Study: 19,450 kids in Winnebago County at risk of hunger
GENEVA, Ill. — New data show a fraction of the children who face hunger in Chicagoland are getting the nutritious food they need to grow and learn. Their situation is compounded in the summer when free and reduced school lunches are not available.
The Map the Meal Gap Child Hunger study released June 4 by Feeding America indicates one in five children faces hunger in the 13 northern Illinois counties surrounding Cook County.
Northern Illinois Food Bank (NIFB) and its partner feeding programs will provide approximately 5,000 kids with meals this summer through its Summer Meal Program, in partnership with the USDA’s Summer Food Service Program. The program provides breakfasts, lunches and snacks to children from low-income families through summer youth programs and centers.
In addition to the Summer Meal Program sites, the food bank provides food to approximately 30,000 kids each week through 600 partner feeding programs in 13 northern Illinois counties.
“Despite our great efforts to provide food to children throughout the year, the reality is it’s not enough,” said Pete Schaefer, president and CEO of NIFB.
Study data indicate there are more than 204,000 hungry children in northern Illinois. The percentages range from 16.4 percent of children in DuPage County to 26.8 percent of kids in Winnebago County.
As the economy continues to struggle, families are making tough choices. When faced with the challenge of paying for shelter, utilities, gas to get to work, or buying food, food often loses out.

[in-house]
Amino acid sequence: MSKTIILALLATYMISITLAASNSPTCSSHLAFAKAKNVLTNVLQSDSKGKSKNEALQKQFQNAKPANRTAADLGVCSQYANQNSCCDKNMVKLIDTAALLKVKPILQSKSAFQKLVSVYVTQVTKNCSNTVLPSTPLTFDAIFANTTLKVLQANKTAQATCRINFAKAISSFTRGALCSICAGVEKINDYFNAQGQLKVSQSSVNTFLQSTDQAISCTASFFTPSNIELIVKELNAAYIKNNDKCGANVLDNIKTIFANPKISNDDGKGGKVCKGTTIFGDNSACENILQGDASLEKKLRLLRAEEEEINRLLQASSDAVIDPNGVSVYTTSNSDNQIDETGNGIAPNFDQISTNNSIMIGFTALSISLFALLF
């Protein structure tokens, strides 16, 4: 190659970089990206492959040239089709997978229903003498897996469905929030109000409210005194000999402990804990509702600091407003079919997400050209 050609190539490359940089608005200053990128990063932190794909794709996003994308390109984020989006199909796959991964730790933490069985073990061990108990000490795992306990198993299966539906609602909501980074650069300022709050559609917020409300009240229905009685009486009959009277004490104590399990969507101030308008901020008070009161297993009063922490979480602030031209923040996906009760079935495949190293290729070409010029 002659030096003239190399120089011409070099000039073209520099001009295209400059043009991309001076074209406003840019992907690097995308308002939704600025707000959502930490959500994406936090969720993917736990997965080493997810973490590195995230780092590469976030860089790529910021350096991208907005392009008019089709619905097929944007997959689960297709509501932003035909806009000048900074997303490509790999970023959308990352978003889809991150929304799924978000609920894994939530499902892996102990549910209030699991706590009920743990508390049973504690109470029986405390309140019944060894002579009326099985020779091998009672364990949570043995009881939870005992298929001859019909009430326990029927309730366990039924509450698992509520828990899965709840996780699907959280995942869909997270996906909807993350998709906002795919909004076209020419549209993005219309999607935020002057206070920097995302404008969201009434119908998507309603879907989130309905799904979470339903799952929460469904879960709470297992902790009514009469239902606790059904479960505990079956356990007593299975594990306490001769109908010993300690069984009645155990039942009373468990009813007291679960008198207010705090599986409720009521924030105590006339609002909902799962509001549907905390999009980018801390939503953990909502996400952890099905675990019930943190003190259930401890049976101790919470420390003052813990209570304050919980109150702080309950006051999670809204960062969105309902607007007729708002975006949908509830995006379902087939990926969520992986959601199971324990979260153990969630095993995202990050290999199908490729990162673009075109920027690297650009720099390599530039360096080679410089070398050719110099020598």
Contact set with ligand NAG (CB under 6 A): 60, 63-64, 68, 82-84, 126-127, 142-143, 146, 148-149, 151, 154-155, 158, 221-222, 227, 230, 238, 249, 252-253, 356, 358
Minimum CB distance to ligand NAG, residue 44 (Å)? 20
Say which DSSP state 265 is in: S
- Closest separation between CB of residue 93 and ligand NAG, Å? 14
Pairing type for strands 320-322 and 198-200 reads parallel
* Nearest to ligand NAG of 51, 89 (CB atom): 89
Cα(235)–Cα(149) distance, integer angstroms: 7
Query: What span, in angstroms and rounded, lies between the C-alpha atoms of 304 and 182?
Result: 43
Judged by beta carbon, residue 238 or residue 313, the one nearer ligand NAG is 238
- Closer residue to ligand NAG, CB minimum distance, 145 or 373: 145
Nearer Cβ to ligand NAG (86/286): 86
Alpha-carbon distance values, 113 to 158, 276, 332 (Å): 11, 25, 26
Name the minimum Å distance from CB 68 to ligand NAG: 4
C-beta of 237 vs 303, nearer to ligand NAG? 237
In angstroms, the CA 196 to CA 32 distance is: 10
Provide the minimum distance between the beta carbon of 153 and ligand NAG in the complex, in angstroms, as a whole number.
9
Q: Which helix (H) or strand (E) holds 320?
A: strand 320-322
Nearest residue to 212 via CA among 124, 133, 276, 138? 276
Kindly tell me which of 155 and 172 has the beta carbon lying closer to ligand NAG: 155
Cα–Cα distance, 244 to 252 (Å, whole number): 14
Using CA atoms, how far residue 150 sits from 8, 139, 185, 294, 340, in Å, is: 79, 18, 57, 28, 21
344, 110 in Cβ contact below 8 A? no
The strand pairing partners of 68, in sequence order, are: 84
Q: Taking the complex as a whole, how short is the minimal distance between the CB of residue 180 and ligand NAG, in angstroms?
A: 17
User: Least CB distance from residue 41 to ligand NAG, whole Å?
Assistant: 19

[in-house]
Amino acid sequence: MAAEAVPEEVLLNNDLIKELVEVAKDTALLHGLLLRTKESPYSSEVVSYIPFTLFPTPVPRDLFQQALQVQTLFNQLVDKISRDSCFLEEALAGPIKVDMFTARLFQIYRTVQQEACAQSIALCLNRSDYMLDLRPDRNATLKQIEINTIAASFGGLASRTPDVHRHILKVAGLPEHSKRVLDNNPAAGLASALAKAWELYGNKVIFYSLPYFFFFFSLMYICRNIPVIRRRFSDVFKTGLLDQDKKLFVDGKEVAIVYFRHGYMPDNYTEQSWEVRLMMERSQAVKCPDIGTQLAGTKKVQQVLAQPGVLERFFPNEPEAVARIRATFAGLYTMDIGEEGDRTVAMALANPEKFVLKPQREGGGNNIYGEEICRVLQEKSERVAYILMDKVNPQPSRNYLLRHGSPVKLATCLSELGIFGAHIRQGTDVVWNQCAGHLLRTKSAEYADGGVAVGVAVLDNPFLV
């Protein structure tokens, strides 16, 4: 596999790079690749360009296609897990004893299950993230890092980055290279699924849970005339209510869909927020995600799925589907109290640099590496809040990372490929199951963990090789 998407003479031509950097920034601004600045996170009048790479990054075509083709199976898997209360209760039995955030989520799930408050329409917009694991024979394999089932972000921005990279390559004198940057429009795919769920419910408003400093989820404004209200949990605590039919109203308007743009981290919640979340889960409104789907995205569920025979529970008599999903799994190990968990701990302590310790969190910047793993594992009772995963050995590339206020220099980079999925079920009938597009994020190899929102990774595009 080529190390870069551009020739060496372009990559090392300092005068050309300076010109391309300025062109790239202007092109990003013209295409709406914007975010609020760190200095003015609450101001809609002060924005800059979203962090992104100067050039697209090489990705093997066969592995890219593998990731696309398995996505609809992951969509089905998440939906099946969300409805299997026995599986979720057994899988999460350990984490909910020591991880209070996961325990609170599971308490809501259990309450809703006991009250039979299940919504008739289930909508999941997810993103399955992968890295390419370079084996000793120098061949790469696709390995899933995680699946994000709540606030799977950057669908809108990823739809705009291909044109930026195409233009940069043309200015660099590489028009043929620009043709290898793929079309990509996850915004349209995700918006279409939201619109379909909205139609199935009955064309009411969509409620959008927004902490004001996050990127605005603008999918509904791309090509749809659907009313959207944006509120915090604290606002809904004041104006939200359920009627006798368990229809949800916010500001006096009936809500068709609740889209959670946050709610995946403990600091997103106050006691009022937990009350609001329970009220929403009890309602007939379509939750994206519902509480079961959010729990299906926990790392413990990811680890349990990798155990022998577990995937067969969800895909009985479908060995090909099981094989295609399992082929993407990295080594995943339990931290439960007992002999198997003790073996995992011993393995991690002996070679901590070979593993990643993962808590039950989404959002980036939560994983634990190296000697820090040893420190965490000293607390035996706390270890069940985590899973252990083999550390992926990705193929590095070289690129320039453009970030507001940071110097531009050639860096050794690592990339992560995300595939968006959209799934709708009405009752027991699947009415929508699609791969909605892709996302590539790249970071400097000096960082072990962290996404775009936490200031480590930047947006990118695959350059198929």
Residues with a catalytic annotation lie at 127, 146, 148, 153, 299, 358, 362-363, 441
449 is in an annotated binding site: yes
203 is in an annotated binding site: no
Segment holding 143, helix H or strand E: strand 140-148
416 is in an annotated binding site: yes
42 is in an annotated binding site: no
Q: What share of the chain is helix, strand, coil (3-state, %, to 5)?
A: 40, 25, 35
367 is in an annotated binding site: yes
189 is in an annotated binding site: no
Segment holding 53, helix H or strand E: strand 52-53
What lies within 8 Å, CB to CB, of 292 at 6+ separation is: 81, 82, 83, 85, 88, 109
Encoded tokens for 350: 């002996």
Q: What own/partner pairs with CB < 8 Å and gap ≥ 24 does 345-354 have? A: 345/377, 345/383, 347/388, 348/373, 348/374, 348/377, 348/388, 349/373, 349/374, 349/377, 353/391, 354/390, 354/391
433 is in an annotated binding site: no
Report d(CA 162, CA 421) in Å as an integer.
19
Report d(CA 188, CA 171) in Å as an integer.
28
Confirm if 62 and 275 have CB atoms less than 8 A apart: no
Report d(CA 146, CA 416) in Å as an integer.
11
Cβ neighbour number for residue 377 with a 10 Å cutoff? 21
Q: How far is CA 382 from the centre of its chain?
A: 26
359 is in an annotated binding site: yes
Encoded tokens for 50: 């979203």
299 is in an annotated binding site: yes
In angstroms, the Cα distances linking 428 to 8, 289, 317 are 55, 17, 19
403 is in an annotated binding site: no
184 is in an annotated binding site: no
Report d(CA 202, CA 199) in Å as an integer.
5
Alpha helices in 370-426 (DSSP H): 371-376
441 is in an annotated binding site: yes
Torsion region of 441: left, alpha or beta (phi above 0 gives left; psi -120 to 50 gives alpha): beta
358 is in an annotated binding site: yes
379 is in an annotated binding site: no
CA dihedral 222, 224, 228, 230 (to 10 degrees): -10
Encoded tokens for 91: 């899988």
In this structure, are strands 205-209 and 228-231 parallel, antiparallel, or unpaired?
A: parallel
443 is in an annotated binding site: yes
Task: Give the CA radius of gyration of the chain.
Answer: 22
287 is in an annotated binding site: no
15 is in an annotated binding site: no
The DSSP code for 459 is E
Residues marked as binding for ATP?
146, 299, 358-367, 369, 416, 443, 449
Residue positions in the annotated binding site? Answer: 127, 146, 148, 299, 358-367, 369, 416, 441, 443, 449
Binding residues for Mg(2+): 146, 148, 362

“We are intent on solving hunger in northern Illinois, but we need help,” Schaefer said. “We need food, funding and volunteers so no neighborhood kid goes hungry.”
For more about NIFB’s summer meal sites, the Map the Meal Gap Child Hunger Study, or to get involved in solving hunger in northern Illinois, visit www.SolveHungerToday.org or call (630) 443-6910.
NIFB, a member of Feeding America, is a non-profit organization that engages the community in a commitment to feed our hungry neighbors. Across 13 counties, food manufacturers, local groceries, corporations, foundations and individuals come together to donate food and funds, and evaluate and repack food for distribution to more than 600 network partners — the food pantries, soup kitchens, shelters and youth and senior feeding programs that serve more than 60,000 different people each week. That commitment provided 29 million meals last year to those in need.
From the June 6-12, 2012, issue
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